Gergen is working on a new book about renewing America's political culture.
Gergen has been married since 1967 to Anne Elizabeth Gergen, who is a family therapist. They live in Cambridge, Massachusetts, and have two children and five grandchildren. Their son, Christopher, is a social entrepreneur in North Carolina as well as an author and a member of the Duke University faculty. Their daughter, Katherine, is a family doctor, working with the underserved population at the Boston Medical Center.
Gergen has been active on many non-profit boards, and has served on the boards of Yale and Duke Universities. Among his current boards are Teach for America, City Year, Schwab Foundation, the Aspen Institute and the advisory board for the Harvard Graduate School of Education. He also chairs the advisory board for the new School of Law at Elon University. He is a member of the D.C. Bar, the Council on Foreign Relations, and the North American executive committee for the Trilateral Commission. Gergen has been awarded 25 honorary degrees.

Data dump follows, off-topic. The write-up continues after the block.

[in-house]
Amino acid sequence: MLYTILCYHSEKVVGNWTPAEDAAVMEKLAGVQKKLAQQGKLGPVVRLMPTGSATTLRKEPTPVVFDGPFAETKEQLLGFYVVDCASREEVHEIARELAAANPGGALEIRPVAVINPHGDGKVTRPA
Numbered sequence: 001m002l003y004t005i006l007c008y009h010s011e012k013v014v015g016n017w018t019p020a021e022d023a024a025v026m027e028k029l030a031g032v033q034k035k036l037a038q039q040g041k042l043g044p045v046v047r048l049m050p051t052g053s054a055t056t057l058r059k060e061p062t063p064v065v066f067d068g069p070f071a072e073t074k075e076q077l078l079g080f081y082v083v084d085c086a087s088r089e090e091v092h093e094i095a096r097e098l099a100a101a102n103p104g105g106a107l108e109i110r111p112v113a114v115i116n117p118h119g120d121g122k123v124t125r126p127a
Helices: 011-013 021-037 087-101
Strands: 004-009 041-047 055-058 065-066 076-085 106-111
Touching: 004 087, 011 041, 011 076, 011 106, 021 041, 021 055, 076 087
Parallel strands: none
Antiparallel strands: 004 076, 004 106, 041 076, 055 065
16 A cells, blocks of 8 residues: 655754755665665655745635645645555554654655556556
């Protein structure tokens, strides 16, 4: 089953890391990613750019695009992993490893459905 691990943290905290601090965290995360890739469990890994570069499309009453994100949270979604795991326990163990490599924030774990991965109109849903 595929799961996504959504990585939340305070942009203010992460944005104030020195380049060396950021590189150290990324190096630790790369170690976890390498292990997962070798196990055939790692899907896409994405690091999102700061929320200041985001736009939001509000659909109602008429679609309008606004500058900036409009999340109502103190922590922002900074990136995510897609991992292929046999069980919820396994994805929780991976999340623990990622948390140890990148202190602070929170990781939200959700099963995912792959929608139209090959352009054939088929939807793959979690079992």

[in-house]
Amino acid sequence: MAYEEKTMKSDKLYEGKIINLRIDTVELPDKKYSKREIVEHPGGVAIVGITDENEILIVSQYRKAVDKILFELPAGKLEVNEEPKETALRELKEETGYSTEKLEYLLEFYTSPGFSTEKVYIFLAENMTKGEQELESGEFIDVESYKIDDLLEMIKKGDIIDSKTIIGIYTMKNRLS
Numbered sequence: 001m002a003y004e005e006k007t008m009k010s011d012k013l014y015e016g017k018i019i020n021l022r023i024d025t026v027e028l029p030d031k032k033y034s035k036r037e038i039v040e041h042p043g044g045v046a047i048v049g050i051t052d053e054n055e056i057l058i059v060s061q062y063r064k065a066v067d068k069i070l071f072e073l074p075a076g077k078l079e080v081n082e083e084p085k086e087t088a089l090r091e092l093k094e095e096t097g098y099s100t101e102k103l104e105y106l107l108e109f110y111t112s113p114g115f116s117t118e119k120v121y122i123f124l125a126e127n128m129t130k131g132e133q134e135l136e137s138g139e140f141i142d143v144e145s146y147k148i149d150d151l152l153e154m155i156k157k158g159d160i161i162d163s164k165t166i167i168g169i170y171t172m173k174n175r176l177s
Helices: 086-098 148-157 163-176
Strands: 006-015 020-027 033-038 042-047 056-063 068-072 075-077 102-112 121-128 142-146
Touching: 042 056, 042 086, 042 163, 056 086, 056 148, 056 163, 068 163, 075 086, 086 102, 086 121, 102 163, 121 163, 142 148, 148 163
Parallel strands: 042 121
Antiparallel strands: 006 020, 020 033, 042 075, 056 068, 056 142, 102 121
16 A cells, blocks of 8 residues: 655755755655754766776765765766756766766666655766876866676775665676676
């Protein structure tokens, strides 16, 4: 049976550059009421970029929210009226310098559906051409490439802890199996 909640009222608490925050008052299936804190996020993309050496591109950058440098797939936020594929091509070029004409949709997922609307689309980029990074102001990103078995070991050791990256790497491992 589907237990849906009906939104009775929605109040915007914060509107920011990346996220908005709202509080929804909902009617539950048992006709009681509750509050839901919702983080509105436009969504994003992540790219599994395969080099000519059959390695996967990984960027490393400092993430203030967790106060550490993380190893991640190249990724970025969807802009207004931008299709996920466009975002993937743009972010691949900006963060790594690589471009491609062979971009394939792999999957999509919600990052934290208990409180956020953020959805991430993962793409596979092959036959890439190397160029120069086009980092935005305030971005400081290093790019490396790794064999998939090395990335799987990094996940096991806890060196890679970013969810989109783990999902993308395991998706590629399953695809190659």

Recent non-profit boards
|Wikiquote has quotations related to: David Gergen|
| White House Communications Director
Title next held byGerald Rafshoon
Richard G. Hutcheson III
| White House Staff Secretary
| White House Communications Director
Michael A. McManus Jr.
| Counselor to the President